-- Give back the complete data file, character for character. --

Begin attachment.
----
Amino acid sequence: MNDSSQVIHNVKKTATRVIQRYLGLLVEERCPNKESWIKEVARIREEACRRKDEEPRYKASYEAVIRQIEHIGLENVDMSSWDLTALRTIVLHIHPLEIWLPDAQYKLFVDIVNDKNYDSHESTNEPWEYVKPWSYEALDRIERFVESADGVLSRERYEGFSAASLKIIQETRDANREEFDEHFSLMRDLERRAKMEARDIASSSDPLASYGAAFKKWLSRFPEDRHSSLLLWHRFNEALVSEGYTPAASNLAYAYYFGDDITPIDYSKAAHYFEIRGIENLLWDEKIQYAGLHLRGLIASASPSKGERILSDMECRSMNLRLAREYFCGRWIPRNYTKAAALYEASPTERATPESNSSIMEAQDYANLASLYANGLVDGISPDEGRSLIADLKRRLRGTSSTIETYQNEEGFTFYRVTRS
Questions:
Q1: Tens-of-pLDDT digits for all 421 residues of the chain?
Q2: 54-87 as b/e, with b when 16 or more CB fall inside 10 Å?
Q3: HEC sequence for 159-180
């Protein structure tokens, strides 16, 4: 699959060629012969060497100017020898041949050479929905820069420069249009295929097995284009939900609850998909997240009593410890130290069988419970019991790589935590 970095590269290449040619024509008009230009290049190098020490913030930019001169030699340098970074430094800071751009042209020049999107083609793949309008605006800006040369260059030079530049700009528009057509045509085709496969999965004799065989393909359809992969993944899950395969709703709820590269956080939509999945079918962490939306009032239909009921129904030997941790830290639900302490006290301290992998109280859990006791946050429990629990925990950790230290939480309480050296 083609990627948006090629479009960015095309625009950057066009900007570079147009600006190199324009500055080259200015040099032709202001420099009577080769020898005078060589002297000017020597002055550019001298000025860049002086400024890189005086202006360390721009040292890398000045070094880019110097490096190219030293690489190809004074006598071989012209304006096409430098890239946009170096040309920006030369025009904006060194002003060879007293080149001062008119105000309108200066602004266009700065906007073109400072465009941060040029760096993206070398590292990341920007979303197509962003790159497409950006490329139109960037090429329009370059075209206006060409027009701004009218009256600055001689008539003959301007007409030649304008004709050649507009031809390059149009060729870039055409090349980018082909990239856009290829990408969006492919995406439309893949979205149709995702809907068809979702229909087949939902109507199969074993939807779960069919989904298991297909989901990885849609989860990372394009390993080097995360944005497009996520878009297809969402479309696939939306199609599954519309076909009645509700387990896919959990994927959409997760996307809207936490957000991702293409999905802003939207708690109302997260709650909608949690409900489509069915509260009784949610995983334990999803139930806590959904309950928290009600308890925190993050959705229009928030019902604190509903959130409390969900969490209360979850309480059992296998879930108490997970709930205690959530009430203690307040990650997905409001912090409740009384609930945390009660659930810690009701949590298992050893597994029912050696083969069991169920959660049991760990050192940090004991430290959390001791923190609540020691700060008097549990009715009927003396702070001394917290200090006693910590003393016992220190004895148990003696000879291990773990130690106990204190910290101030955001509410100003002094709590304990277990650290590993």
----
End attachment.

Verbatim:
Amino acid sequence: MNDSSQVIHNVKKTATRVIQRYLGLLVEERCPNKESWIKEVARIREEACRRKDEEPRYKASYEAVIRQIEHIGLENVDMSSWDLTALRTIVLHIHPLEIWLPDAQYKLFVDIVNDKNYDSHESTNEPWEYVKPWSYEALDRIERFVESADGVLSRERYEGFSAASLKIIQETRDANREEFDEHFSLMRDLERRAKMEARDIASSSDPLASYGAAFKKWLSRFPEDRHSSLLLWHRFNEALVSEGYTPAASNLAYAYYFGDDITPIDYSKAAHYFEIRGIENLLWDEKIQYAGLHLRGLIASASPSKGERILSDMECRSMNLRLAREYFCGRWIPRNYTKAAALYEASPTERATPESNSSIMEAQDYANLASLYANGLVDGISPDEGRSLIADLKRRLRGTSSTIETYQNEEGFTFYRVTRS
Questions:
Q1: Tens-of-pLDDT digits for all 421 residues of the chain?
Q2: 54-87 as b/e, with b when 16 or more CB fall inside 10 Å?
Q3: HEC sequence for 159-180
């Protein structure tokens, strides 16, 4: 699959060629012969060497100017020898041949050479929905820069420069249009295929097995284009939900609850998909997240009593410890130290069988419970019991790589935590 970095590269290449040619024509008009230009290049190098020490913030930019001169030699340098970074430094800071751009042209020049999107083609793949309008605006800006040369260059030079530049700009528009057509045509085709496969999965004799065989393909359809992969993944899950395969709703709820590269956080939509999945079918962490939306009032239909009921129904030997941790830290639900302490006290301290992998109280859990006791946050429990629990925990950790230290939480309480050296 083609990627948006090629479009960015095309625009950057066009900007570079147009600006190199324009500055080259200015040099032709202001420099009577080769020898005078060589002297000017020597002055550019001298000025860049002086400024890189005086202006360390721009040292890398000045070094880019110097490096190219030293690489190809004074006598071989012209304006096409430098890239946009170096040309920006030369025009904006060194002003060879007293080149001062008119105000309108200066602004266009700065906007073109400072465009941060040029760096993206070398590292990341920007979303197509962003790159497409950006490329139109960037090429329009370059075209206006060409027009701004009218009256600055001689008539003959301007007409030649304008004709050649507009031809390059149009060729870039055409090349980018082909990239856009290829990408969006492919995406439309893949979205149709995702809907068809979702229909087949939902109507199969074993939807779960069919989904298991297909989901990885849609989860990372394009390993080097995360944005497009996520878009297809969402479309696939939306199609599954519309076909009645509700387990896919959990994927959409997760996307809207936490957000991702293409999905802003939207708690109302997260709650909608949690409900489509069915509260009784949610995983334990999803139930806590959904309950928290009600308890925190993050959705229009928030019902604190509903959130409390969900969490209360979850309480059992296998879930108490997970709930205690959530009430203690307040990650997905409001912090409740009384609930945390009660659930810690009701949590298992050893597994029912050696083969069991169920959660049991760990050192940090004991430290959390001791923190609540020691700060008097549990009715009927003396702070001394917290200090006693910590003393016992220190004895148990003696000879291990773990130690106990204190910290101030955001509410100003002094709590304990277990650290590993």